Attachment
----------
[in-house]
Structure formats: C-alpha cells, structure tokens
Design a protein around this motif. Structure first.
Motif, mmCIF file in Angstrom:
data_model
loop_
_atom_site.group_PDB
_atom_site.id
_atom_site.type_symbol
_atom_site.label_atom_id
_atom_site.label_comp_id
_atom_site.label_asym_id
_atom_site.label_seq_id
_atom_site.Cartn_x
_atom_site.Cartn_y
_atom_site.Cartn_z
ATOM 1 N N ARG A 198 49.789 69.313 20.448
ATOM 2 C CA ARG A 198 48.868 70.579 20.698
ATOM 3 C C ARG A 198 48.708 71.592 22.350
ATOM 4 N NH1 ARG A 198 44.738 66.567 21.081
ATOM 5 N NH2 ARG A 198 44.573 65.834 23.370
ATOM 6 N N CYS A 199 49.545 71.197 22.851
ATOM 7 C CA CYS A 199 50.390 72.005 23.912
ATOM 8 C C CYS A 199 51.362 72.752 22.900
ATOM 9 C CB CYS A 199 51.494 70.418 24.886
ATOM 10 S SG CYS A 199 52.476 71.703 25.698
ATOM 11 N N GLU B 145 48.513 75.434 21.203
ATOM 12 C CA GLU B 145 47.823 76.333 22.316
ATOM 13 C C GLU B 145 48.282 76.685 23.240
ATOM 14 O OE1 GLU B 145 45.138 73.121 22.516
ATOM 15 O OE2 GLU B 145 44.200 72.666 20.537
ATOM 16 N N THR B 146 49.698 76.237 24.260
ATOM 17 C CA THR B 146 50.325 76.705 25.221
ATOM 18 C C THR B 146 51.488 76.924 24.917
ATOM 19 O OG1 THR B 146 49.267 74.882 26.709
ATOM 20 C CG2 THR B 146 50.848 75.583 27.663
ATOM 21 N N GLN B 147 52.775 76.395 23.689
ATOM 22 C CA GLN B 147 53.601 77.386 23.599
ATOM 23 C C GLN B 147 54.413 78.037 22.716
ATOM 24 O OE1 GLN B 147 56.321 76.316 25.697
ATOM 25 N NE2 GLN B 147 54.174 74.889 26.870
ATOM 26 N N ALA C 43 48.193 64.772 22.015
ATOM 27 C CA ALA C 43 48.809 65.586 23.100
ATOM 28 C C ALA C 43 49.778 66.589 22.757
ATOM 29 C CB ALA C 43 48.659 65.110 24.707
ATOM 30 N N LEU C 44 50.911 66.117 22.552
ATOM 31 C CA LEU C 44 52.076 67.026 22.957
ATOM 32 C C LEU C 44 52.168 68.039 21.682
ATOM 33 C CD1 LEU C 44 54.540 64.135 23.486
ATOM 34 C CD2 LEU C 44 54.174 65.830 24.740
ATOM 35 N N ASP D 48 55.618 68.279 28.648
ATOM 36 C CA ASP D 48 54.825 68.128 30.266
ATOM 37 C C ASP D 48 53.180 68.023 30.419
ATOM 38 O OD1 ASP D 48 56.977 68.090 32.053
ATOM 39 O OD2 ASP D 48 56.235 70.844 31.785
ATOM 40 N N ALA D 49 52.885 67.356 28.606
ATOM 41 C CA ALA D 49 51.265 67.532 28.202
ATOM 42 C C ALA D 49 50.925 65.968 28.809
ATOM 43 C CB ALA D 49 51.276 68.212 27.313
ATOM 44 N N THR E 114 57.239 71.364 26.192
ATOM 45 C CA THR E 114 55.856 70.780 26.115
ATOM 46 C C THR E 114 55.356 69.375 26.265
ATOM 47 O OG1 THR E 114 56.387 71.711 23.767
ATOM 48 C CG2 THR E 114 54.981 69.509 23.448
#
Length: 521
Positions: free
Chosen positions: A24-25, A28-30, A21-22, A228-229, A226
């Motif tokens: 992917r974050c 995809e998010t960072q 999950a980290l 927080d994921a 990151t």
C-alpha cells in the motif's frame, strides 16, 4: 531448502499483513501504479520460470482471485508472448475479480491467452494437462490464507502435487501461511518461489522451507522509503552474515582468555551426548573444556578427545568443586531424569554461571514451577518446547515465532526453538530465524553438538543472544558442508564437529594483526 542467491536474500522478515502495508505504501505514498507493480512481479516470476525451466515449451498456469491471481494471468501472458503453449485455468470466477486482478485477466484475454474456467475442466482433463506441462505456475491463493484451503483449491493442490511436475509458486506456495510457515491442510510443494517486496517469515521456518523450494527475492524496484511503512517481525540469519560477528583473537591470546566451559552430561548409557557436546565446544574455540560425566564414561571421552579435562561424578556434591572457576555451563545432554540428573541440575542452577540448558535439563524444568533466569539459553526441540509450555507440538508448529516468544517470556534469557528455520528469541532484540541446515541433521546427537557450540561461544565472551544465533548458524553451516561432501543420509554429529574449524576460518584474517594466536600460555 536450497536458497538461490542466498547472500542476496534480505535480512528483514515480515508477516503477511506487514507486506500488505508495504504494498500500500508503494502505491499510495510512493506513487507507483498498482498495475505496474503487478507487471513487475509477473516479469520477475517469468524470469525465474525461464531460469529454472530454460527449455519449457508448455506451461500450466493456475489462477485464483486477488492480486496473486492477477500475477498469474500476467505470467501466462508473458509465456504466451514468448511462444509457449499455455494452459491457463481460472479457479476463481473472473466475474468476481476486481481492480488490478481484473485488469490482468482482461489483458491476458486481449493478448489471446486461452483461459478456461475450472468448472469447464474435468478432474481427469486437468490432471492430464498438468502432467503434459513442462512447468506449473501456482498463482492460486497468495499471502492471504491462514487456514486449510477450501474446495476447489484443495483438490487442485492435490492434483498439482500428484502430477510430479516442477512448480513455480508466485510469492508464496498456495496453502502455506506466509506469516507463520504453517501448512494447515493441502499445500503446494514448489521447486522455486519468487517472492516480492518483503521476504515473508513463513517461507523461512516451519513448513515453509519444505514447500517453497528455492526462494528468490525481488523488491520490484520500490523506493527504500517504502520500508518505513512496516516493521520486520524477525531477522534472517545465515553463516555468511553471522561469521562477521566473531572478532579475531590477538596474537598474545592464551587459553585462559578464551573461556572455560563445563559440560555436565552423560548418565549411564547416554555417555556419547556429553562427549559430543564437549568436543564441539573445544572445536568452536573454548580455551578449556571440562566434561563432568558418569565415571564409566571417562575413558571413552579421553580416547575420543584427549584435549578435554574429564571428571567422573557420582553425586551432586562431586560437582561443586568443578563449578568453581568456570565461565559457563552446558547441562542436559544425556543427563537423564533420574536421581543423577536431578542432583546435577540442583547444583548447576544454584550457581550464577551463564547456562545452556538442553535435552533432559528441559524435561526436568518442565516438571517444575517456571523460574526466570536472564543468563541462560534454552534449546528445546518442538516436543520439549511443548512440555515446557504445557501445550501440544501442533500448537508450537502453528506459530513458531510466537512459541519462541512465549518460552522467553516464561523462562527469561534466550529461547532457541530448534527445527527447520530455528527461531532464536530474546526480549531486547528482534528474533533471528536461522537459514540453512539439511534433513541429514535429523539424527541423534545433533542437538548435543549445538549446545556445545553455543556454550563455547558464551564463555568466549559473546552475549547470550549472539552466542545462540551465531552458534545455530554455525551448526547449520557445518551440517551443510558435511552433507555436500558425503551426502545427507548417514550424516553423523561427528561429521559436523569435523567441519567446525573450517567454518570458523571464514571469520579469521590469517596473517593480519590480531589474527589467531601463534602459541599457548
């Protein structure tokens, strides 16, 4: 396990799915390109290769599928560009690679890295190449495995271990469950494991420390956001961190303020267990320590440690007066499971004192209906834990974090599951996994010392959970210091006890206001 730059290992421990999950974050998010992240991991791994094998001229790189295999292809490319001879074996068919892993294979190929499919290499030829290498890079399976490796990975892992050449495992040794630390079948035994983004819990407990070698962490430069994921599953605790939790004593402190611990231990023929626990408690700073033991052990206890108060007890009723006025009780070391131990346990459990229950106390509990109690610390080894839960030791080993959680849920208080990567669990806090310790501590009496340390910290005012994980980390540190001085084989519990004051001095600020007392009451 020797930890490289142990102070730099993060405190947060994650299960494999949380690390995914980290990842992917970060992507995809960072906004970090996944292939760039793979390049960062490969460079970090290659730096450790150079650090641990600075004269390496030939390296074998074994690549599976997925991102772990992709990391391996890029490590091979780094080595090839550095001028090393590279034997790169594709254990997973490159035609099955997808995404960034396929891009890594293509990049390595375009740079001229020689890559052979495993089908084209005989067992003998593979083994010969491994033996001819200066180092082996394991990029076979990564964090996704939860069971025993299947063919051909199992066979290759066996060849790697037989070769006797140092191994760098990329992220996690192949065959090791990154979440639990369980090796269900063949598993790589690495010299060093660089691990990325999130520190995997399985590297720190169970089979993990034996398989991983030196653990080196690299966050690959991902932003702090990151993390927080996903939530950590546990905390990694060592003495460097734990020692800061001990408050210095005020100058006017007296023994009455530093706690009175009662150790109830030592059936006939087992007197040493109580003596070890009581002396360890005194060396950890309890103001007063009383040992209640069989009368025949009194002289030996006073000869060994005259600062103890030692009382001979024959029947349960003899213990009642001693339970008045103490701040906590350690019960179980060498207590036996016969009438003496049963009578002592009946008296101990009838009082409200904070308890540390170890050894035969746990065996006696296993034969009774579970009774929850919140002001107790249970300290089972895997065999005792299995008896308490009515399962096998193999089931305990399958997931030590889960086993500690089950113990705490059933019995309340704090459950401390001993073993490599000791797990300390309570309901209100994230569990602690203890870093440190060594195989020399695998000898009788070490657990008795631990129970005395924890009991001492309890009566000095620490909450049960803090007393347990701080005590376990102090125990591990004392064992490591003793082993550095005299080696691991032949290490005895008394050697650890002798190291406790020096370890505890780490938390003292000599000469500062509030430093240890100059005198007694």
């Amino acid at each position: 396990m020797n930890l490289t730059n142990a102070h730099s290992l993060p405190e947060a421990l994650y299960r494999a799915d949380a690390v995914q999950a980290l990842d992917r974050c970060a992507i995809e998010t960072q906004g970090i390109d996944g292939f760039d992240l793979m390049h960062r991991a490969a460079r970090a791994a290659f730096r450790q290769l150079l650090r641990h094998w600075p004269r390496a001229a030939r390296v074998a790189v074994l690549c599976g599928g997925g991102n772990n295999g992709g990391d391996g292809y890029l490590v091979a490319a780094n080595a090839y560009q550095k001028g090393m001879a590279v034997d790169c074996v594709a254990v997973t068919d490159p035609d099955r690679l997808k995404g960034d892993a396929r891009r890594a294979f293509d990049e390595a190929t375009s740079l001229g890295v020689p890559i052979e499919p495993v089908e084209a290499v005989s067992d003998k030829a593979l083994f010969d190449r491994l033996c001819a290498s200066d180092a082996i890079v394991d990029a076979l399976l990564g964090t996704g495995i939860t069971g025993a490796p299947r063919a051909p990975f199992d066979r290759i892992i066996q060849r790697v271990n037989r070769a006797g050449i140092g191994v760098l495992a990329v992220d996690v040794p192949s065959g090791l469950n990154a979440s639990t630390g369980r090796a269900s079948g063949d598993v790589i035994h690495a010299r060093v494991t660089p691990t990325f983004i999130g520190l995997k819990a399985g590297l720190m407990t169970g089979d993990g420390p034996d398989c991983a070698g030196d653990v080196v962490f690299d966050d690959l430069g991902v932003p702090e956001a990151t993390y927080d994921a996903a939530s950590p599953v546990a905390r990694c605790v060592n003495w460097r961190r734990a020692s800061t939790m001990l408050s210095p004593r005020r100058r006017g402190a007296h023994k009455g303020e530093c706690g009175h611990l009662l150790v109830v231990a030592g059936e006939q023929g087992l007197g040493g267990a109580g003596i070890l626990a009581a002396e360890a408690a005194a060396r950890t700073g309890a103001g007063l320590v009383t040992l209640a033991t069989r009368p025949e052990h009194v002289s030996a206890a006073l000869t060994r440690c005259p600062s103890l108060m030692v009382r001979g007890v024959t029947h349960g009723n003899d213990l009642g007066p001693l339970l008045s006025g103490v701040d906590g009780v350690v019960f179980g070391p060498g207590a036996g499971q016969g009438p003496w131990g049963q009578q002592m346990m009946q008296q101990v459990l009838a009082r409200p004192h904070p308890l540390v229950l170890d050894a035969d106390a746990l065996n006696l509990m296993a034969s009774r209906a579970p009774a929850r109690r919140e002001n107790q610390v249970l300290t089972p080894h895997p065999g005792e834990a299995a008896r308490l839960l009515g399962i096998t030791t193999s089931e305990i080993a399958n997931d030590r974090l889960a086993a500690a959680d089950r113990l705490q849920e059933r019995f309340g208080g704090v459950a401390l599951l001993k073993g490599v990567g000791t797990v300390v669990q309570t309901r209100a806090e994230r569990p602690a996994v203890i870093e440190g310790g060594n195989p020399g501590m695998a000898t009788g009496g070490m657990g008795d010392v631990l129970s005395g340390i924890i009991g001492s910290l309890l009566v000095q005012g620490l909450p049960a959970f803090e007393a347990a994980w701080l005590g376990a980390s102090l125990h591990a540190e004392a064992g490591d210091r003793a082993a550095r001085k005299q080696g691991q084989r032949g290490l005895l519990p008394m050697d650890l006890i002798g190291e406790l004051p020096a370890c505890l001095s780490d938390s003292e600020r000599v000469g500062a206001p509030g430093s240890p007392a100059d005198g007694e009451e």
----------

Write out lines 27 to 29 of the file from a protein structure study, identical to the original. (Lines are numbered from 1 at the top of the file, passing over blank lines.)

ATOM 11 N N GLU B 145 48.513 75.434 21.203
ATOM 12 C CA GLU B 145 47.823 76.333 22.316
ATOM 13 C C GLU B 145 48.282 76.685 23.240